Woman tries to kill herself after learning devastating reason for her migraines

A woman with a rare brain condition tried to take her own life to escape the excruciating pain it causes her.

Amy Taylor Swift, 32, from Barking, London, had been suffering with severe migraines for more than 20 years, but it wasn’t until five years ago that she was told the reason behind them.

She was diagnosed with Arnold-Chiari malformation, where the brain pushes down at the bottom of the spinal chord.

Her illness renders her bed-bound for several weeks at a time and even too weak to get to the toilet on her own.

She told Essex Live that her headaches are due to a build-up of pressure inside her skull.

She said: "Last year I did end up attempting suicide and I didn’t feel there was any way living with this state.

"I was so low for a few days – I felt I was on the outside."

Her symptoms include severe headaches, vomiting, blurred vision and dizziness.

She said: I have been in hospital for the headaches, they get really severe, too much that I can’t tell you how bad.

"I mean so bad that I could feel like it could explode.

"I also feel like I can feel my skull and brain moving and I know it is pressure inside.

"They used to test me for meningitis as the spinal fluid was moving fast and it can pass viruses along but it isn’t that."

Amy added: "I was diagnosed a few years ago and I can’t believe the difference it has made.

"One month I can feel more alone than other times, I can’t even walk and my friend has to shower me and take me to the toilet, which is humiliating."

Amy says her condition has baffled some of the medical staff who have treated her and that some have never even heard of it.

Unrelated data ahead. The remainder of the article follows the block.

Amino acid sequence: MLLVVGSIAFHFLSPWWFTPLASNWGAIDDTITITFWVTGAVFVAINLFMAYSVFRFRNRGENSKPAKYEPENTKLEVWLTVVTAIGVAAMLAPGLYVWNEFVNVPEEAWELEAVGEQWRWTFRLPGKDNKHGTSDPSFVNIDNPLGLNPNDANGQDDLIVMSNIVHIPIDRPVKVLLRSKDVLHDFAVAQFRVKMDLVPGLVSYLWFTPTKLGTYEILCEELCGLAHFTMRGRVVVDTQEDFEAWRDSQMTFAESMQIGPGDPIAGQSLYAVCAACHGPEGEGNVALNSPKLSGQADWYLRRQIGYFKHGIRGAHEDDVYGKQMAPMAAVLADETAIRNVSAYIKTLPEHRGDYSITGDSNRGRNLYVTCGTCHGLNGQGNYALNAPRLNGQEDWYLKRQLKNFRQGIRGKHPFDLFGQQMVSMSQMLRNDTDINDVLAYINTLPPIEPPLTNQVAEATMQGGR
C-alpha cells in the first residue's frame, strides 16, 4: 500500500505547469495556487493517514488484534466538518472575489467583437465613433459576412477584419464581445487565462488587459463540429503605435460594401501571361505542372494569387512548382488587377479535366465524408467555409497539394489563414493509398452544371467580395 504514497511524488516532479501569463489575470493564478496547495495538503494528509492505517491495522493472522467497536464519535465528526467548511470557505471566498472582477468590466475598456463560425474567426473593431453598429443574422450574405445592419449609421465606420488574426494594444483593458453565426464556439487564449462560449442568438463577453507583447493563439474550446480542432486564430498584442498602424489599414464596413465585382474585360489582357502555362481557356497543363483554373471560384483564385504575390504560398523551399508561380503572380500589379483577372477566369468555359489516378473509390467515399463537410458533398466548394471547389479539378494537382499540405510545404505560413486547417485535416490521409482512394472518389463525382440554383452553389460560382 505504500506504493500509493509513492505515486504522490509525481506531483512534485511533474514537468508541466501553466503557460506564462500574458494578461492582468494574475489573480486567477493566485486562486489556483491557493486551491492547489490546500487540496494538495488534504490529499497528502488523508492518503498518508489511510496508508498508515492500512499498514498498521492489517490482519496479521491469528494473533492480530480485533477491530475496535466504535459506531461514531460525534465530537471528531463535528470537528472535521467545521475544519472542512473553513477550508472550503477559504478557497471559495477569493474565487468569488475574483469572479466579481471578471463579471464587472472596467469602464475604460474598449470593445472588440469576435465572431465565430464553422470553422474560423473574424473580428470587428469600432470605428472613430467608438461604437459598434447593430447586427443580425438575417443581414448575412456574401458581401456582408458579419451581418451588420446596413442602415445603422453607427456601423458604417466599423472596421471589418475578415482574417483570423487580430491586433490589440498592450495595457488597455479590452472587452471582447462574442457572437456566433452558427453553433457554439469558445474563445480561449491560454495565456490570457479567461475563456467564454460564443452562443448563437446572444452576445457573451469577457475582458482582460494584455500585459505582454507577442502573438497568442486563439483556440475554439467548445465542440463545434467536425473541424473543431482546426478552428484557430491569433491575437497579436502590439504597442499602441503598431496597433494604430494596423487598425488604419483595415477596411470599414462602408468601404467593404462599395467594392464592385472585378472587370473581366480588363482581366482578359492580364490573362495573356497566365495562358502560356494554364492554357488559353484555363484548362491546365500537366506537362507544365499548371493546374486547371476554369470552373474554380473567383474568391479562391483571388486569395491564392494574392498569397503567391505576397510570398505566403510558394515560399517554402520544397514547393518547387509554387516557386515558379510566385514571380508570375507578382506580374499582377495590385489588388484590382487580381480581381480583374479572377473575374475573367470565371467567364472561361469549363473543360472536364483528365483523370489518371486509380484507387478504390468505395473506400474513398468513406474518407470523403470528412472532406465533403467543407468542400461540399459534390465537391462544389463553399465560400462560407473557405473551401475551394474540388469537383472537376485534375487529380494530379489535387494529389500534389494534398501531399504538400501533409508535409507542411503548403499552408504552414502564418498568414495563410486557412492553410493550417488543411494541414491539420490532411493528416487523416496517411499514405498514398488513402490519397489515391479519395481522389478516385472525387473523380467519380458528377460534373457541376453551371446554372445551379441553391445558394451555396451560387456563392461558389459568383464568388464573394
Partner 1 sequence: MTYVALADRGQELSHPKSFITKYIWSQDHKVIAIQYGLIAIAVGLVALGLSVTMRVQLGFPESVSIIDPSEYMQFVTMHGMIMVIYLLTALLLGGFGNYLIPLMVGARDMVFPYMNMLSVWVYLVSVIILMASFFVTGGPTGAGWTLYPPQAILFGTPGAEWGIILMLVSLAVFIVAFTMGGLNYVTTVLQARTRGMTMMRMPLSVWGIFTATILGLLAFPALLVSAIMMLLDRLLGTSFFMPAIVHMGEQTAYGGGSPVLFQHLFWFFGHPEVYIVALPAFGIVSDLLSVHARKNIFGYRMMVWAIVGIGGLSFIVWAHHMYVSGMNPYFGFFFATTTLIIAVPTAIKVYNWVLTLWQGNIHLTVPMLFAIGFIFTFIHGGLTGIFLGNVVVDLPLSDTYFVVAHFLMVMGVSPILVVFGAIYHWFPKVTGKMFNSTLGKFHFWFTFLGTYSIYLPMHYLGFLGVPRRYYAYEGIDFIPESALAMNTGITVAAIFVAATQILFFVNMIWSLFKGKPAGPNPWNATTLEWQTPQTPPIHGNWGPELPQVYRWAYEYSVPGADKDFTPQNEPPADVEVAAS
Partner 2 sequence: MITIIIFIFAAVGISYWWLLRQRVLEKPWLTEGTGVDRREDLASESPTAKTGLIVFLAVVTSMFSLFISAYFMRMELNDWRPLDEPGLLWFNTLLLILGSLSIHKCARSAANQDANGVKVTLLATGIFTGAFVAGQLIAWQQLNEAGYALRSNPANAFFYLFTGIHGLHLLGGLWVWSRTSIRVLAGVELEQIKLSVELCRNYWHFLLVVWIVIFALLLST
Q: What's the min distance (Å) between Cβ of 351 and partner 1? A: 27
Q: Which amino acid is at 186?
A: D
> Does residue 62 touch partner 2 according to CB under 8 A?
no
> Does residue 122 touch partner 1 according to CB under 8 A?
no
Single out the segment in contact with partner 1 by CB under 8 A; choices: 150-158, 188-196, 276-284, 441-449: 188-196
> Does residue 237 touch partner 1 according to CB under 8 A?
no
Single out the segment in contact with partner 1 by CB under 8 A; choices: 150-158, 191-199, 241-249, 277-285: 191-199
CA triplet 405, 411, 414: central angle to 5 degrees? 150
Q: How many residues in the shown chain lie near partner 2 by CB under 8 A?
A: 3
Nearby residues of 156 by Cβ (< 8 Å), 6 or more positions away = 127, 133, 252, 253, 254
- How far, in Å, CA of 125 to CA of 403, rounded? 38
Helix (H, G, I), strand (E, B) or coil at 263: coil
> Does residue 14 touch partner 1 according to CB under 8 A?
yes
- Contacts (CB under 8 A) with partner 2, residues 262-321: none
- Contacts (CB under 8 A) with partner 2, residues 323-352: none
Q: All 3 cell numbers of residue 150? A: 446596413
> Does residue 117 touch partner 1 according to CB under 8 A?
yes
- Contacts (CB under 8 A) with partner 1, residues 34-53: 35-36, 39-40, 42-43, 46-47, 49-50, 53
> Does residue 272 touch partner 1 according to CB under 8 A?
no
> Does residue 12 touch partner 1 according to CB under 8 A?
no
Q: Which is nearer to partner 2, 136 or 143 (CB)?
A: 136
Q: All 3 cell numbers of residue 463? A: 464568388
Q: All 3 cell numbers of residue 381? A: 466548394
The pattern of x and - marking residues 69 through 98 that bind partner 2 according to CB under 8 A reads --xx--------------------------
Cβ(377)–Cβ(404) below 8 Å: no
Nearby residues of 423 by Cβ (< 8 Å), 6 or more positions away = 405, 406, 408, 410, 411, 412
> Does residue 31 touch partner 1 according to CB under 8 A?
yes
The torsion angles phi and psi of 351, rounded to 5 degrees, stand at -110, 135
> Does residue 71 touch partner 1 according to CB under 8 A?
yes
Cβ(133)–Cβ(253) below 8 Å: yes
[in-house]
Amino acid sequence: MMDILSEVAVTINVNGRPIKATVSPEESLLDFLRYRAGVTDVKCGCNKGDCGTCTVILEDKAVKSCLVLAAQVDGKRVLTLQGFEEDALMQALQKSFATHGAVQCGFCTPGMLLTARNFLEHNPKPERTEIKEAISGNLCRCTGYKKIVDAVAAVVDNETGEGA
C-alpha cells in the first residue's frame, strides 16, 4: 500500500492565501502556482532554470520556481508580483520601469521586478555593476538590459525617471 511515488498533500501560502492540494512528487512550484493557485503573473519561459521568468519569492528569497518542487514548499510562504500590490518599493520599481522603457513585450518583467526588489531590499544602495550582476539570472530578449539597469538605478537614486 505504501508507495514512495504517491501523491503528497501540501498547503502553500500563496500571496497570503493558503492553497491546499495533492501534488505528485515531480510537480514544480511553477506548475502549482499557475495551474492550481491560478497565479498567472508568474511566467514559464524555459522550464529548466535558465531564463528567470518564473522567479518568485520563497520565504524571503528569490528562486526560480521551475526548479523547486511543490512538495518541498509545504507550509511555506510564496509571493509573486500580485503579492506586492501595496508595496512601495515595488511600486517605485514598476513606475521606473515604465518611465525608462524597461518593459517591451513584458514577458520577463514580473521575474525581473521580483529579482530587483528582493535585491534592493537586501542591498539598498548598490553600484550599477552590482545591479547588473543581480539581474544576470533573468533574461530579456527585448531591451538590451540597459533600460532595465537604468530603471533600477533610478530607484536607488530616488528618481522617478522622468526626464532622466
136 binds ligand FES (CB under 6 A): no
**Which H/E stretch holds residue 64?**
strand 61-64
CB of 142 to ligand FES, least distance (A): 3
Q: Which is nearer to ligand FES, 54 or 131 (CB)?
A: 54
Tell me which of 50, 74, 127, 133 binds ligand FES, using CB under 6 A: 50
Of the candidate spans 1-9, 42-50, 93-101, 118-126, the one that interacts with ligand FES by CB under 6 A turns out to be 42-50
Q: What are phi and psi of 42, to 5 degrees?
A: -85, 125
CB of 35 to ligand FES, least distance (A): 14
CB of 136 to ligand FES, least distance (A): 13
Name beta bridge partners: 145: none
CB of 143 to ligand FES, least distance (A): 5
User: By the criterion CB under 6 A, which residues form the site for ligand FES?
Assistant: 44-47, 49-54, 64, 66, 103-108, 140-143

"It’s so rare," she explained. "They will send me for a CT scan to check for dangerous aneurysm."

Amy, who is not able to work due to her condition, wants it to be taken seriously.

She continued: "I have suffered with migraines for 20 years but these are not normal headaches or migraines.

"Even as a baby I used to rub my head a lot as multiple people have told me about it.

"They don’t know how to treat me. I’m on pain medication and I was on morphine but I ended up coming off of it as the side effects were not good, as I would rather take something when I need it rather than wean myself off it everyday. It’s masking the problem."

In a bid to offer support and advice to others, Amy has set up a Facebook group for people diagnosed with the condition.

She said: "I started the support group for people to get help and support with what they’re going through,people will post that they’ve been sent home from A&E again or they’re feeling unwell again.

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"It is because of the illness that people are finding it difficult; I don’t mind the extra work of the support group as people are coming forward for support."

Amy plans to take her frustration to the Prime Minister by collecting letters from others who suffer with the pain of living with Chiari malformation.

She has already had hundreds of responses from supporters and will march to No. 10 herself, even if she is ill, to make the government listen to those who live with the condition day in and day out.

Amy added: "I wanted to change it to something positive, there is so much to learn and no one knows about it. I want to help people as much as I can, more and more people are being diagnosed with it."

A spokesman for NHS England, London, said: "The NHS funds a number of treatments, including surgery, for people with chiari malformations which are usually provided in specialist centres due to the rarity and complexity of the condition.

"Patients should discuss treatment options with their clinician who can seek advice from, and refer patients to, specialist centres where necessary.

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